• Growth of policy cash values in excess of the cost basis are typically income tax deferred while they remain in the policy. However, a complete surrender of a policy, in a gain position, will have income taxes on the gain in excess of adjusted cost basis.
  • A policy in a gain position can be exchanged tax-free directly to another insurance carrier under IRC Section 1035(a). Often, this exchange can result in an equal or greater death benefit, lower or no future premiums, or a combination of the both, however, there are risks to this exchange process, so evaluate all the factors before you proceed.
  • A policy, in a gain position, can be exchanged tax-free to another carrier for either a deferred annuity or an immediate annuity contract under IRC Section 1035(a).

Financial and actuarial design advantages of life insurance

  • Life insurance is a financial asset that is designed using the mathematical models of actuarial science.  The pricing and features of life insurance are determined via present value and future value calculations over an assumed life expectancy of large numbers of deceased individuals over a long period of time.
  • The policy may be structured so that death benefits have the potential to increase from year to year.  Policies may be designed with different crediting methods based on no-lapse guarantees, current assumption interest crediting, crediting based on a stock index,like the S&P, or dividend assumptions from certain carriers.
  • Policies may utilize certain riders for term insurance, long term care, waiver of premium for disability, over-loan protection, cash value enhancement and other features
  • The life insurance industry is one of the most competitive industries in the U.S. This product, pricing, and feature competition of policy design assures that U.S. consumers have a wide variety of product types, features, and carrier financial strengths to choose from based on their personal financial and protection needs.
  • Often, the present value cost of life insurance at life expectancy and beyond is the lowest method of financing a family, business, or estate protection need when compared to other fixed financial assets with taxable yield like CDs, bond mutual funds, or U.S. government securities.  This is especially true in this continuing low interest economic environment.

Legal and contractual advantages of life insurance

  • Life insurance is a legal contract between the policy owner and the insurance company. Any guarantees specified in the contract are legally enforceable under state law protections of all the states.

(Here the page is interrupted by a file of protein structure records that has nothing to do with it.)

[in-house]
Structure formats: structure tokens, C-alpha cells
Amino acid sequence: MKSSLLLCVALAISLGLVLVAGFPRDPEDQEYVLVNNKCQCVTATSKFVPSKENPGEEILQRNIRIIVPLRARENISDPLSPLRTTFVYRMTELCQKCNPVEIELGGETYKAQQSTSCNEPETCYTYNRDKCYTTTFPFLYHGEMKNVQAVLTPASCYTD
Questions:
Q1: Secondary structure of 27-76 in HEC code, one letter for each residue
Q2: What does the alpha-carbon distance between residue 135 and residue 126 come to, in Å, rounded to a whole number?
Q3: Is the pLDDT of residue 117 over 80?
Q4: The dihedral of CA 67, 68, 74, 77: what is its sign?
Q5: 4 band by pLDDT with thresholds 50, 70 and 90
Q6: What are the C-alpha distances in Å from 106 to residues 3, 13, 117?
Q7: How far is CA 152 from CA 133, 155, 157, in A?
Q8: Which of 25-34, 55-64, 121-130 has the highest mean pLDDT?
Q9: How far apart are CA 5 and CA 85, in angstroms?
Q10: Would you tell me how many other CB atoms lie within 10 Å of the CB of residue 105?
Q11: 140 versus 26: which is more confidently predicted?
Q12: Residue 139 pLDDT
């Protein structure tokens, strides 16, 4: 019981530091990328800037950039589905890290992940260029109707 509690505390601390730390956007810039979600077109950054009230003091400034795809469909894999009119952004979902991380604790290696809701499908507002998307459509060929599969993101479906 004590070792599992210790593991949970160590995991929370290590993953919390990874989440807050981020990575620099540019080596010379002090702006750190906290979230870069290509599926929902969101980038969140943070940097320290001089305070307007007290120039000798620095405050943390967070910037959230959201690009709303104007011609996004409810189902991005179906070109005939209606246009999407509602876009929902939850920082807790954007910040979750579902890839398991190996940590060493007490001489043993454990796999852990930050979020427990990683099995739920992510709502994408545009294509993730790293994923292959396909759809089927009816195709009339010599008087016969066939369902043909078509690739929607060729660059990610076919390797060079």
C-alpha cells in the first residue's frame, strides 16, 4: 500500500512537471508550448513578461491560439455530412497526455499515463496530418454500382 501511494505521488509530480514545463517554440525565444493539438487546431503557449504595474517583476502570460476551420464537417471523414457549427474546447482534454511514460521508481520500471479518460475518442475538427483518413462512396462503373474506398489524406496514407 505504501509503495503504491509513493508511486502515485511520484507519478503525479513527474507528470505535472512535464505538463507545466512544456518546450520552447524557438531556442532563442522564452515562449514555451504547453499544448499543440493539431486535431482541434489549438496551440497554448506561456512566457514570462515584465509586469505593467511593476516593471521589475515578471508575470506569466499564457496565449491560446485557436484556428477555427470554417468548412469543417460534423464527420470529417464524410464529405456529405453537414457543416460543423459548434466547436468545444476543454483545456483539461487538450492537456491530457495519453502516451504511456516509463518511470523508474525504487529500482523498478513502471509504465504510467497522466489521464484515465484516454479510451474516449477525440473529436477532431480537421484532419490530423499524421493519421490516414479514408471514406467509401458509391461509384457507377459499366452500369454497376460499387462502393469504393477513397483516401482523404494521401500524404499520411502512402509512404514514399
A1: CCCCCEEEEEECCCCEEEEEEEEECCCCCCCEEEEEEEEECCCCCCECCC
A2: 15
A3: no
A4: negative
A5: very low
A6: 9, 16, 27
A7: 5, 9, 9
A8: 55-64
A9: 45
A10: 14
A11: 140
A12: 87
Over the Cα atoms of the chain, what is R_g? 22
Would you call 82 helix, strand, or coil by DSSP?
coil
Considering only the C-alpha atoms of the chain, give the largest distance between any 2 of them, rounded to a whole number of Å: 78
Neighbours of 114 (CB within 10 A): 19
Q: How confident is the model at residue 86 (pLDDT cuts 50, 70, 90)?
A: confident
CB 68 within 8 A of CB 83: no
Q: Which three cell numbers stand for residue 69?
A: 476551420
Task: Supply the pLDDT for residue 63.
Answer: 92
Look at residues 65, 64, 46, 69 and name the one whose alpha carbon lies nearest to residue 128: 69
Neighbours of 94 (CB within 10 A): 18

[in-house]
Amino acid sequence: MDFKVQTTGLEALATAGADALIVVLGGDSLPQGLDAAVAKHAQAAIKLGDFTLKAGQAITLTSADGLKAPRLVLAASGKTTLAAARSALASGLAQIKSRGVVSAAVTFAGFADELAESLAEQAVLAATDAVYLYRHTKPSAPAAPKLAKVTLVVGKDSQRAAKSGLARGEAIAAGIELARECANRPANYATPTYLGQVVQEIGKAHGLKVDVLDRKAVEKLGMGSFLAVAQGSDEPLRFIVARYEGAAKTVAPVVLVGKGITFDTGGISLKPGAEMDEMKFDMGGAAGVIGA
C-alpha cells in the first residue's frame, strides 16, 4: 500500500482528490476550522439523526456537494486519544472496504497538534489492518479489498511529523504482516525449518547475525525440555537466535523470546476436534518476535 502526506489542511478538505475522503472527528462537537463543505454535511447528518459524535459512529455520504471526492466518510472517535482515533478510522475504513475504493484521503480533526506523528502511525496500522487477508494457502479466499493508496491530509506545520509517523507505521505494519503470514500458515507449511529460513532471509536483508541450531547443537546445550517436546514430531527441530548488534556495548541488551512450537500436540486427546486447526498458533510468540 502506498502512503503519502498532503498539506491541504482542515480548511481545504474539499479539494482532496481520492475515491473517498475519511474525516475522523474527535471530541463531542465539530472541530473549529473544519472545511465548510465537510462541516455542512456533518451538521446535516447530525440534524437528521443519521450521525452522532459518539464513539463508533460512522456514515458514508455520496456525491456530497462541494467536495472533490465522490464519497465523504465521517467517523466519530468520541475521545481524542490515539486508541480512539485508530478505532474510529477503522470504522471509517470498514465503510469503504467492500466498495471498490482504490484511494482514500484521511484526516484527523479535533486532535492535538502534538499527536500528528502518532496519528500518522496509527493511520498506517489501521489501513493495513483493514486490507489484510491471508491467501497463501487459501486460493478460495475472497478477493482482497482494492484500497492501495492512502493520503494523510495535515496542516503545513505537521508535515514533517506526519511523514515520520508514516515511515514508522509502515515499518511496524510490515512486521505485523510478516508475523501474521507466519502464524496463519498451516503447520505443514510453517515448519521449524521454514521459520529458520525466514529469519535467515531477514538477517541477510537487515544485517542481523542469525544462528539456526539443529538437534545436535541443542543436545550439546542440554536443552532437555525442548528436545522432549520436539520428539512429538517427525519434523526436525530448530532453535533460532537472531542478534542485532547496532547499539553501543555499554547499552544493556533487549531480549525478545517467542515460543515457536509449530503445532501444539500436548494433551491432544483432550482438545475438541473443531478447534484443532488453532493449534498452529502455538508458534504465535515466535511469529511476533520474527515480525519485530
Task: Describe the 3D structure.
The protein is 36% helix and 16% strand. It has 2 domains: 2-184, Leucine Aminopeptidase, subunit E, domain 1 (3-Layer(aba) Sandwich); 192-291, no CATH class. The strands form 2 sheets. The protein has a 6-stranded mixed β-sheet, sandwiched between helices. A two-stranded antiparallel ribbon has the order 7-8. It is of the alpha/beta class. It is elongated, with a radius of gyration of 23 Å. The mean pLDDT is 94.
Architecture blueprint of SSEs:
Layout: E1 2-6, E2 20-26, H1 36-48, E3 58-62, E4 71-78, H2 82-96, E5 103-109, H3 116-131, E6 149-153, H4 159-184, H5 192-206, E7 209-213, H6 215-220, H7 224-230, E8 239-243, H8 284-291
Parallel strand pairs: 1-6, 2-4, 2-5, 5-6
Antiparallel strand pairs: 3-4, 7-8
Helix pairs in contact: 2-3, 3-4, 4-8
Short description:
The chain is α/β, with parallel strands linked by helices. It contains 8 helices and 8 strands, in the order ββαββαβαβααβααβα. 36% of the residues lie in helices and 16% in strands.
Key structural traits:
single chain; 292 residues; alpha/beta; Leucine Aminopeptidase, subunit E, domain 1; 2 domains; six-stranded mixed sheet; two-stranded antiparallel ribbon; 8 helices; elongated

• Insurers are heavily regulated in all 50 states and are required to reserve significant assets to pay future death claims.
  • The life insurance industry has established state “guarantee funds” to pay valid claims under policies issued by any carrier that are insolvent or in receivership. Insolvent life insurance carriers are an extremely rare event. Prospective purchasers of life insurance should ask for the current Comdex Financial Strength rating of each carrier with which they propose to do business. This Comdex value is a composite number based on Moody’s, Standard & Poor’s, A.M. Best, and Fitch rating agencies.
  • Many states have adopted statutory law that protects policy cash values and death benefits from the claims of the policy owner’s creditors.
  • Policy owners have the contractual right to assign the ownership of the policy to a new owner; the right to change the beneficiary of the policy to a new beneficiary; the right to collaterally assign the policy to offset a debt obligation to a financial institution or other legal person; the right to take a reduced paid-up policy where no more future premiums are due.

Your financial security can be enhanced dramatically with the unique financial asset of cash value life insurance. However, unlike other financial assets, its purchase is not an automatic transaction. Life insurance companies have underwriting rules and guidelines to gather and evaluate the proposed insured’s medical and financial situation. If these underwriting requirements are successfully met, a policy will be issued to the policy owner in upon payment of the premium.

John K. Bangs